By Rebecca Todd
— Sometimes while researching a story on pop culture, I must endure heinous sights and horrid stories of contemptible human idiocy.
I once visited a monster convention. Remember the little baby that came back from the dead in "Pet Semetary" and went on a killing spree? If you do, Lord help you, because that was a horrible movie. But I got his autograph anyway. Then I was followed for the rest of the day by some guy dressed as Michael Meyers from the "Halloween" movies. I had to explain to him that it could never work out between us. I'm married and, you know ... he's a nutcase. I think he took it well.
Then there was the time I wrote about the cat running for the Senate. There was a lot of stimulating cat research involved there, and I have to tell you, cats freak me out. I'm the kind of person that goes online and screams when I see what is supposed to be a cute kitty with a caption under it saying, "Can I haz cookie?" Because no, you can't haz cookie, because we all know you would rather pounce on and devour a slimy rodent live than haz cookie. Not cute.
I've written about the apocalypse preppers three times, including a piece on people prepping for the zombie apocalypse. Suffice it to say these are not the brightest people in the world; or the richest. They choose to spend their money on supplies to protect themselves from the undead. I'm pretty sure I probably ran into a few of these people at the monster convention, because it's always good to know your enemy.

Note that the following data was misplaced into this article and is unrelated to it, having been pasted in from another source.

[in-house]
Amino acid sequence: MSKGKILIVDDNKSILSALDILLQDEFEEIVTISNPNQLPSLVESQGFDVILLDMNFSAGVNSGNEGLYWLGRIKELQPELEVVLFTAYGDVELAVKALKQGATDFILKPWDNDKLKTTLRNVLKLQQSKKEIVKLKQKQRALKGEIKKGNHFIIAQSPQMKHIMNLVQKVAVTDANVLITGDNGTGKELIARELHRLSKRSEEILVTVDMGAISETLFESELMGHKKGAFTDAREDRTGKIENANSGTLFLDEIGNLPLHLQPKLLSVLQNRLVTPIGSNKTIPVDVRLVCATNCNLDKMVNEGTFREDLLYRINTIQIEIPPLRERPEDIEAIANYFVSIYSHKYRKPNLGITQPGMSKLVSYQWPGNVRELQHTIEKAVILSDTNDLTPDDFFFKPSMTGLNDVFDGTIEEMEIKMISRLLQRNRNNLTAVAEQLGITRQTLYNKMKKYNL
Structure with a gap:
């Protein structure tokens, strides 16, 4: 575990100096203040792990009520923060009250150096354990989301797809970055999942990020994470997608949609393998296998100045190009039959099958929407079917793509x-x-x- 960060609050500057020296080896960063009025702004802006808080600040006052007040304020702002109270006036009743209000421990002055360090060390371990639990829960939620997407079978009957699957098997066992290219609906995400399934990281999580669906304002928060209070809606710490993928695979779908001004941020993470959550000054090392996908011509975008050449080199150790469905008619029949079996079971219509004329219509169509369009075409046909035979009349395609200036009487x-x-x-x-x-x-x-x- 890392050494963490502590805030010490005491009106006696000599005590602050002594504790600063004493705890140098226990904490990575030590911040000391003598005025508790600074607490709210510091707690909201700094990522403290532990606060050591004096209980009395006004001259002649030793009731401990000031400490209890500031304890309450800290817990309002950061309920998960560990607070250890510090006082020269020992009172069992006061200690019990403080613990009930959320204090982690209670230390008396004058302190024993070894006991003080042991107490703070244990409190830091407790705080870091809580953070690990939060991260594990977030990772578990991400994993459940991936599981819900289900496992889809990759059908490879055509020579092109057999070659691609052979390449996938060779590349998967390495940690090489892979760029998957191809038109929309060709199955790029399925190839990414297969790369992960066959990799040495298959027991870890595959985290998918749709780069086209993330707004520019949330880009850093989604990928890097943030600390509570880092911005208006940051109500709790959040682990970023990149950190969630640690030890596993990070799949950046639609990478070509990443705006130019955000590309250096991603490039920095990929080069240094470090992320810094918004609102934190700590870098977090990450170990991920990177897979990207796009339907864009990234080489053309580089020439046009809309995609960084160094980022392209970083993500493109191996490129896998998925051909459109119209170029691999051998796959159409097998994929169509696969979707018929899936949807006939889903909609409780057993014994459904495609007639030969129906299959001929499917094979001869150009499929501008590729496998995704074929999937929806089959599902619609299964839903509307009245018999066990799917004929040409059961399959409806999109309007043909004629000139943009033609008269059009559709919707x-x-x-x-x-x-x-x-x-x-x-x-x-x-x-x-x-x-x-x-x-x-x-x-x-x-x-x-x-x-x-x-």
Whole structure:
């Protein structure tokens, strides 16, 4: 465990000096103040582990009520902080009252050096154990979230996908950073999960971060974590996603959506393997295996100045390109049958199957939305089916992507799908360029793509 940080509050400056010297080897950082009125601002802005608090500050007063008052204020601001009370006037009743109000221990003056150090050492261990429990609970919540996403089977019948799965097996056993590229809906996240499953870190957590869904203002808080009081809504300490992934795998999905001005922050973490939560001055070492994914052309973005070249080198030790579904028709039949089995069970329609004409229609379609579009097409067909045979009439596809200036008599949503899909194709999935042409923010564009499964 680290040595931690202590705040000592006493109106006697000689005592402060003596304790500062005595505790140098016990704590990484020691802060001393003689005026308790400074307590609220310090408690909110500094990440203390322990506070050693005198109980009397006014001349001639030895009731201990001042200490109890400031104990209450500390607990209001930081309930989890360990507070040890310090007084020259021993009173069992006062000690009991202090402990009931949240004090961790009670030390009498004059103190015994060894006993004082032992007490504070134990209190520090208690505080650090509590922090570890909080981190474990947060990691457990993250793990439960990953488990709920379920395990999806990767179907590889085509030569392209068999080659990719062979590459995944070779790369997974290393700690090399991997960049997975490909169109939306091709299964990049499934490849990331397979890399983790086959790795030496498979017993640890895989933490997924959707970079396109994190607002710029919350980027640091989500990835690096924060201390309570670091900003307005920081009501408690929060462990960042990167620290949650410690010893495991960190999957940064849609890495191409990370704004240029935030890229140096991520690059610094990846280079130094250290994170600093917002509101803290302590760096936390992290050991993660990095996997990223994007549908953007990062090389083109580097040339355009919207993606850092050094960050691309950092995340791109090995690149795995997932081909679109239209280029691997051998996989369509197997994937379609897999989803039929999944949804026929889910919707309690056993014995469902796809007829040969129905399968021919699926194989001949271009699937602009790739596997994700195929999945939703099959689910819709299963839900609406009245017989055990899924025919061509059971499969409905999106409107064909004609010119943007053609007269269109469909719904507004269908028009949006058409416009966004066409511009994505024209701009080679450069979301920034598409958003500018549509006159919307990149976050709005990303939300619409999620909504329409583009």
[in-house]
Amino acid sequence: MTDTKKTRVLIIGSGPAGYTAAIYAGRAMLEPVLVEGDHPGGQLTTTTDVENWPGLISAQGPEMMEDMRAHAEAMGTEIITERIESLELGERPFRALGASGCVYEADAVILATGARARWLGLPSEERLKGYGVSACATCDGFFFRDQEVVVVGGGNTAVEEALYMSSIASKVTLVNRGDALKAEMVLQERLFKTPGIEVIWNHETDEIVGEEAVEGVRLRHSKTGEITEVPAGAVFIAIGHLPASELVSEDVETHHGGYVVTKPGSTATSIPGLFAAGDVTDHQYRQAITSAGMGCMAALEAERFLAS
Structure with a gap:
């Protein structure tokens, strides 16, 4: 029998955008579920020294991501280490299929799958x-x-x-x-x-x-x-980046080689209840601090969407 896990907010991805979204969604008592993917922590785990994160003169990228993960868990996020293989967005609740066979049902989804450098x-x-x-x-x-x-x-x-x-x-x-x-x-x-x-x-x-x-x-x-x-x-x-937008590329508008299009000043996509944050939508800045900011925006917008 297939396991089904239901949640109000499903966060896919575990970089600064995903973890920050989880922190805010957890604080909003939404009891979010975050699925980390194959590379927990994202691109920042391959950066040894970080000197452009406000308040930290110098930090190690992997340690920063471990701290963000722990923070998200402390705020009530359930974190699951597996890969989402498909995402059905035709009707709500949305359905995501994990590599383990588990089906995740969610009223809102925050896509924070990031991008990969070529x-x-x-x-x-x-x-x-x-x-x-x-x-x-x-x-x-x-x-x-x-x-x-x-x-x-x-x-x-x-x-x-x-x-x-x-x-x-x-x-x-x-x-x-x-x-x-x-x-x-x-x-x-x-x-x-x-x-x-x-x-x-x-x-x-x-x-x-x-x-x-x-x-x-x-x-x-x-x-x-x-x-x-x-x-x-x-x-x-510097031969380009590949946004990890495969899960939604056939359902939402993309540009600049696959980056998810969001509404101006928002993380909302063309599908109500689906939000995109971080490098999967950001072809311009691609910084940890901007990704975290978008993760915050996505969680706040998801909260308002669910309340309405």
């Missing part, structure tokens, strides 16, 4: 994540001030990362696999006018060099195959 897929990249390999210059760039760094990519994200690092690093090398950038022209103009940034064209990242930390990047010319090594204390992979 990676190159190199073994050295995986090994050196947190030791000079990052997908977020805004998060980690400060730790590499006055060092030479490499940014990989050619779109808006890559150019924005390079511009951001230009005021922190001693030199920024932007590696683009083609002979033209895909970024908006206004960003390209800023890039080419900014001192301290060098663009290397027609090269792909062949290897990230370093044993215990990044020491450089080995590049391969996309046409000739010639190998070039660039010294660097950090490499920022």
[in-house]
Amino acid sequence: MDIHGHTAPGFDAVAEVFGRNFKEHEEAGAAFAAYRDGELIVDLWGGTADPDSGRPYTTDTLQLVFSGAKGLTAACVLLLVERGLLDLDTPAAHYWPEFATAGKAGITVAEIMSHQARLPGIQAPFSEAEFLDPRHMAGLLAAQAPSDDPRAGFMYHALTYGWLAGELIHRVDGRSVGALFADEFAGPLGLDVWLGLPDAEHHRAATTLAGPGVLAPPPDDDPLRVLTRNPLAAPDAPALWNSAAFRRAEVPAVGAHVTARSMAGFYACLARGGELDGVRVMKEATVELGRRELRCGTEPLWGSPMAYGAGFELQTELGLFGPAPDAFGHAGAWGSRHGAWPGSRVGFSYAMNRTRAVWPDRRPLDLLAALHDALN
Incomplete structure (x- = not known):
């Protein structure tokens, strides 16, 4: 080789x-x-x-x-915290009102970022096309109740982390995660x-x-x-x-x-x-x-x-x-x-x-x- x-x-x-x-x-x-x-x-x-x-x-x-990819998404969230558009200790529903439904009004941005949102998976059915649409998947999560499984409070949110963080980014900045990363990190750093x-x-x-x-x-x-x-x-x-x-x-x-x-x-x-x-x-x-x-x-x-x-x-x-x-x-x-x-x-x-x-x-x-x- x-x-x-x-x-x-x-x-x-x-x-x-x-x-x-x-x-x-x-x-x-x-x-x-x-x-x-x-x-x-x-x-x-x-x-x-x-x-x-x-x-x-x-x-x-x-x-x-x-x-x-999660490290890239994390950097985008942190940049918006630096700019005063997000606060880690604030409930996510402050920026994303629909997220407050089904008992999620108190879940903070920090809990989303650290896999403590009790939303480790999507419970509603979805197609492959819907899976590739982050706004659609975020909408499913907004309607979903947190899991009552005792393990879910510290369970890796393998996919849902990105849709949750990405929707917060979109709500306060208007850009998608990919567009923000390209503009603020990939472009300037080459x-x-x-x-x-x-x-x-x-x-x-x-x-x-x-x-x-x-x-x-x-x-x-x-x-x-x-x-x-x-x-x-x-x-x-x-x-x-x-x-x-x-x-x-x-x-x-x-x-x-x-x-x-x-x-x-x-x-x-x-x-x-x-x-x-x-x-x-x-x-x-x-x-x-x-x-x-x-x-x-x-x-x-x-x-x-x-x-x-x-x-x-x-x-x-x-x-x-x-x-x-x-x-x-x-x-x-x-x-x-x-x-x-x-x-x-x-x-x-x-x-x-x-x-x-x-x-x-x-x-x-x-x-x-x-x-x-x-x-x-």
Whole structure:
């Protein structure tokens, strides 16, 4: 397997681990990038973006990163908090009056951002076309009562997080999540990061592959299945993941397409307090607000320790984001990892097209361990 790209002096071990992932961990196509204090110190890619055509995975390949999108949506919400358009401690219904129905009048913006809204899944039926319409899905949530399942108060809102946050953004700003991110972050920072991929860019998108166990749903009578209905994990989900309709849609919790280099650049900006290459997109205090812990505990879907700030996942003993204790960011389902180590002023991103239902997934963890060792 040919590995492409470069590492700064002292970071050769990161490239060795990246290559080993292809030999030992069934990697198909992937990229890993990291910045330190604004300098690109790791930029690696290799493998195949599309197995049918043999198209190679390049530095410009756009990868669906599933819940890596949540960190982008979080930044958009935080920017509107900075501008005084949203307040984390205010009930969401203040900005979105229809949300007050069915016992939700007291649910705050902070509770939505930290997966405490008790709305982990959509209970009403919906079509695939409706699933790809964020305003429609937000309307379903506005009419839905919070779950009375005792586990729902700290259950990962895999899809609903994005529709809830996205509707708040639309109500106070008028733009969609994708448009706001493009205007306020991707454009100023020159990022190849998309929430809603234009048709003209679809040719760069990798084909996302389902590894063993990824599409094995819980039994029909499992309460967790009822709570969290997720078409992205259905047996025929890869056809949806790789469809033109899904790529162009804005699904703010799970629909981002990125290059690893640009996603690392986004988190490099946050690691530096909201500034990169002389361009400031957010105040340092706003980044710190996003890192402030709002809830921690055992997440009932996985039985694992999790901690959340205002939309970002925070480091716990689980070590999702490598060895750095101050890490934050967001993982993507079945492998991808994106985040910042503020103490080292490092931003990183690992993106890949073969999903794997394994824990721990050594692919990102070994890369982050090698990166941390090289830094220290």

But this week, I topped out when I decided to look into the phenomenon known as the "Harlem Shake." Big mistake.
I'd been hearing about the Harlem Shake for a couple of weeks, but when I heard my daughters talking about this particular piece of pop culture, I knew I had to check into it. So I turned to the all-seeing, all-knowing Internet.
However, after a grueling 10 minutes of watching the Harlem Shake online, I have to say - and I hope this doesn't make me sound like an old poop - I don't get it.
Here's how it works: one person dances randomly, often wearing some sort of wacky costume, while everyone ignores him. Then, presumably overcome by the heinous music, everyone is dancing; if you want to call it dancing. It looks more like a mass seizure. This makes sense because if you've ever heard the "song" by DJ and producer Baauer, you understand how it might induce a mass seizure. It's horrendous.
I have to say, if I had to choose between watching more Harlem Shake videos, looking at cat pictures, talking to apocalypse preppers, or being stalked by a man so obsessed with a fictional, unkillable, psychotic mass murderer that he dresses like him and goes to monster conventions, I'm going to go with the stalker.
Why? Because when I asked him to, he went away. Granted, he probably just went on to stalk someone else.
The others? No matter how much I wish they would just go away, it looks like they're here to stay.
At least until some worse pop culture phenomenon comes along.
- Rebecca Todd is a freelance writer and the author of the book "What's the Point?" available at booklocker.com. Contact her at firstname.lastname@example.org.